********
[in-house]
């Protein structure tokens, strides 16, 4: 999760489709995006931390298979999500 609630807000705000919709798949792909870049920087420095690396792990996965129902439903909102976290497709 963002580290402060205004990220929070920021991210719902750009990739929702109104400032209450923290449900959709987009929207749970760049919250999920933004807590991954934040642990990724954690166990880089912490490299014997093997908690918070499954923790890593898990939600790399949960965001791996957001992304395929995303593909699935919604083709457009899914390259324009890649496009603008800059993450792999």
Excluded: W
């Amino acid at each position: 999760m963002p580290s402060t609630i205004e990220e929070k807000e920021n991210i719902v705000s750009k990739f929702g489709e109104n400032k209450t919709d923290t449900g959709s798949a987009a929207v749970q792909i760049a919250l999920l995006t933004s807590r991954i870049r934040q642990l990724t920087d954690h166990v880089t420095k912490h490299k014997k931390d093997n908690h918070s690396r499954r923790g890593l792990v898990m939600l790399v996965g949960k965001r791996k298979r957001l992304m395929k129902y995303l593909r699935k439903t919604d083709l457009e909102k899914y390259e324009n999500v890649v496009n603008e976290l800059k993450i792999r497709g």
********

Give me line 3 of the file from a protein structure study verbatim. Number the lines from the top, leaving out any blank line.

Excluded: W